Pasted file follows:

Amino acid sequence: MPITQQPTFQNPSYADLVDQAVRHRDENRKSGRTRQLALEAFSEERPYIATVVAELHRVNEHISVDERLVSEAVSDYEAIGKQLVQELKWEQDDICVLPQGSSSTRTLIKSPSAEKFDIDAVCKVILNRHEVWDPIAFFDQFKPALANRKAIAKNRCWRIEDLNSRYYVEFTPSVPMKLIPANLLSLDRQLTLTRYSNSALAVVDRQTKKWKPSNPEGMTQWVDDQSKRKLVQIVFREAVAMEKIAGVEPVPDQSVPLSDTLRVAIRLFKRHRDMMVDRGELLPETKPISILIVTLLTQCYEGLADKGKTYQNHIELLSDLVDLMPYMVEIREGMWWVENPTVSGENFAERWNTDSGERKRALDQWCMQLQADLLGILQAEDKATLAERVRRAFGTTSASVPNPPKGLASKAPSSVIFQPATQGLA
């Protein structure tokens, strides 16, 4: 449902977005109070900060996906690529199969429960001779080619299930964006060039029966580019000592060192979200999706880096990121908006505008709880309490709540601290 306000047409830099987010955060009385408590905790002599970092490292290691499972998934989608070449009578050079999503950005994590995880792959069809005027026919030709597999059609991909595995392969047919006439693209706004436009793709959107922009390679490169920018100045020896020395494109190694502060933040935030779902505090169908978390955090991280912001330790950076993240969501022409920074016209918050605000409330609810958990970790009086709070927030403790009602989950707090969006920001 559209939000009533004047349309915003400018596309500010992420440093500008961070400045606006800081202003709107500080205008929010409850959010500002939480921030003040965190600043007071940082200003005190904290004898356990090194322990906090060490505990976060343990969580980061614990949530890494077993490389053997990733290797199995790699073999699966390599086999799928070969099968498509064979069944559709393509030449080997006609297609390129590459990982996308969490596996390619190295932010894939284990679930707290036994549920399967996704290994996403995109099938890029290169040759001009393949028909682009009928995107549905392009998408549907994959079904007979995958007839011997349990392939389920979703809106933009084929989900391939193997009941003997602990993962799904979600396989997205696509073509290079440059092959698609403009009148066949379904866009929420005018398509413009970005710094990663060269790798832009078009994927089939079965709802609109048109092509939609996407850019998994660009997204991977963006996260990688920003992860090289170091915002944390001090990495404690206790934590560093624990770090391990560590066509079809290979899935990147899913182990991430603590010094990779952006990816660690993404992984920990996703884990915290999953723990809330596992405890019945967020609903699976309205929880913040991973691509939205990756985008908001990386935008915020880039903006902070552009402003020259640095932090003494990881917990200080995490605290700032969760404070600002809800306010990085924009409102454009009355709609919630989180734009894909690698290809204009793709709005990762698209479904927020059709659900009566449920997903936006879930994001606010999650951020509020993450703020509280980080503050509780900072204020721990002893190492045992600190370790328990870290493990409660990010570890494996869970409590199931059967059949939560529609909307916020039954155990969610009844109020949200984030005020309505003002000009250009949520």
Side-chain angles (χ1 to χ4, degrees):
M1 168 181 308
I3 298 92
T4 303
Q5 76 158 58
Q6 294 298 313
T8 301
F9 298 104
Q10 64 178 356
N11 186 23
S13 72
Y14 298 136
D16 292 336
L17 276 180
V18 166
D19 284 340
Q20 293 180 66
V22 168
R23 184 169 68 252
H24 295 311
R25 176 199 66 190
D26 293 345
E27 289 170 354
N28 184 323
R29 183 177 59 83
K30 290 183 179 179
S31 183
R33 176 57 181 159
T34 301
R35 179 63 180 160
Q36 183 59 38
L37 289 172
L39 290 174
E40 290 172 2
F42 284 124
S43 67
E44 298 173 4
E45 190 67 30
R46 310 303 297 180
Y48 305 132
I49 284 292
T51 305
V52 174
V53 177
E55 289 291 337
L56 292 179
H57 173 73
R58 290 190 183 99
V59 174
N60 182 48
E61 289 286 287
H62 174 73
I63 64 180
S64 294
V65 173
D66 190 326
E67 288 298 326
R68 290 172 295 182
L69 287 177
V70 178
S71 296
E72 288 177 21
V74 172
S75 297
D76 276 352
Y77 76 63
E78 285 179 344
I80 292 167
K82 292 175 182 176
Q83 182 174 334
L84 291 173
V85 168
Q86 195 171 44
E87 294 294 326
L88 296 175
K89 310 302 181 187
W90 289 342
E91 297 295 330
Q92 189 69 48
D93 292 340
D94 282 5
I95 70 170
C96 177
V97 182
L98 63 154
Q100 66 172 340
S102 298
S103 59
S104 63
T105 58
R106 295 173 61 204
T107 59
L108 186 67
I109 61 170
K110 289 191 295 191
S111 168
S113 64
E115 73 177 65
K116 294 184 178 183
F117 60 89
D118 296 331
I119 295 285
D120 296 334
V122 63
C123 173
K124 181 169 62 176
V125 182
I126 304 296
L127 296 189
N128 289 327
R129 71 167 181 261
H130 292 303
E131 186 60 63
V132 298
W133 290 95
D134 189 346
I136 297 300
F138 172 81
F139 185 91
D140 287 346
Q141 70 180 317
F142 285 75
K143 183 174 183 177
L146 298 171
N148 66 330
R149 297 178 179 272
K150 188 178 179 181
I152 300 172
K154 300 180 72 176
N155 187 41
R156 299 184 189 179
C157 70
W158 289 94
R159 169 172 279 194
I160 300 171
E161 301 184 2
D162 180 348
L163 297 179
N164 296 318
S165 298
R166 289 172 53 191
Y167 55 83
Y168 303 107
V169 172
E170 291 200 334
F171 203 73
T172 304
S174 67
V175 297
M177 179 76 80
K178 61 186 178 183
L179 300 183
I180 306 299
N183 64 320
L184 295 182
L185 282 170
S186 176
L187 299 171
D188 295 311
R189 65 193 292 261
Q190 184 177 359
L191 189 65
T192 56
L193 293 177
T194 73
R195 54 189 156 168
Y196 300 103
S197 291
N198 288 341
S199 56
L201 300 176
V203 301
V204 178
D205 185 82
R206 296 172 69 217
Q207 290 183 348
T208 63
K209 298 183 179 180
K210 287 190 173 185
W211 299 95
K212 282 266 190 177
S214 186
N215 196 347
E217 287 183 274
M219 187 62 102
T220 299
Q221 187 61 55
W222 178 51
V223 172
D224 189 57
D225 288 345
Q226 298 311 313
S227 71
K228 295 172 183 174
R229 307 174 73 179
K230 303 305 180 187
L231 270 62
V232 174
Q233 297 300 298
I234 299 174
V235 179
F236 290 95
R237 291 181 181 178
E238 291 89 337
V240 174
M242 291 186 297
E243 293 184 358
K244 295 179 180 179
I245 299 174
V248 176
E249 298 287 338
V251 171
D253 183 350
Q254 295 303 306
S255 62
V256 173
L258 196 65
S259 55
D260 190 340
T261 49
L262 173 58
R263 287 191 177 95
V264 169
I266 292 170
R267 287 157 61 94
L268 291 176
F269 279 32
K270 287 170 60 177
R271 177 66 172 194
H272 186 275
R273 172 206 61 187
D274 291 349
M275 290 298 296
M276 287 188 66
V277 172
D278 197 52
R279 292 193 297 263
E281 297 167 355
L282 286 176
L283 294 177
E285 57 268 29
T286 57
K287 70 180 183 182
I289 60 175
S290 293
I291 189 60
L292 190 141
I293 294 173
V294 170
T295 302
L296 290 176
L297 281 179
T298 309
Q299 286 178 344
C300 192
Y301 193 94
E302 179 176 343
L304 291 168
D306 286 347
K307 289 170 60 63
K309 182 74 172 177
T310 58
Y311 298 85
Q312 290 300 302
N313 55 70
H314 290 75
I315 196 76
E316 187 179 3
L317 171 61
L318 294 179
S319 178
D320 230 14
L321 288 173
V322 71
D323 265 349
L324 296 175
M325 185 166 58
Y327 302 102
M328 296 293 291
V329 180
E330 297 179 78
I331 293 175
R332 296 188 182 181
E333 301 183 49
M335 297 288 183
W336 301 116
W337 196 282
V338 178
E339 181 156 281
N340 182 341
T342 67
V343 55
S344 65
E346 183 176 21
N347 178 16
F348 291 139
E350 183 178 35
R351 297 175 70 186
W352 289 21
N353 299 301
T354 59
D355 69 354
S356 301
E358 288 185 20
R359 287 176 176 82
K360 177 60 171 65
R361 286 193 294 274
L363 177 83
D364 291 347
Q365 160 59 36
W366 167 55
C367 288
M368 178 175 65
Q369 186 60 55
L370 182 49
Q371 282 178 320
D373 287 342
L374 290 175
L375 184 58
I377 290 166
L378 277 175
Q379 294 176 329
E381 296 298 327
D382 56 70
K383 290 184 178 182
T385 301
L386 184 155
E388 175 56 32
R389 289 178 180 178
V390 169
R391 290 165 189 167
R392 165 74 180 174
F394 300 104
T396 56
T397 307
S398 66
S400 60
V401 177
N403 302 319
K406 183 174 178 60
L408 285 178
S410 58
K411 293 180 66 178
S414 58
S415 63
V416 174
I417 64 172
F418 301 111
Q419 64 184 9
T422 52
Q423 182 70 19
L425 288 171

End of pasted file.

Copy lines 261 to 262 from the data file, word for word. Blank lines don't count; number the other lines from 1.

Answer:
D306 286 347
K307 289 170 60 63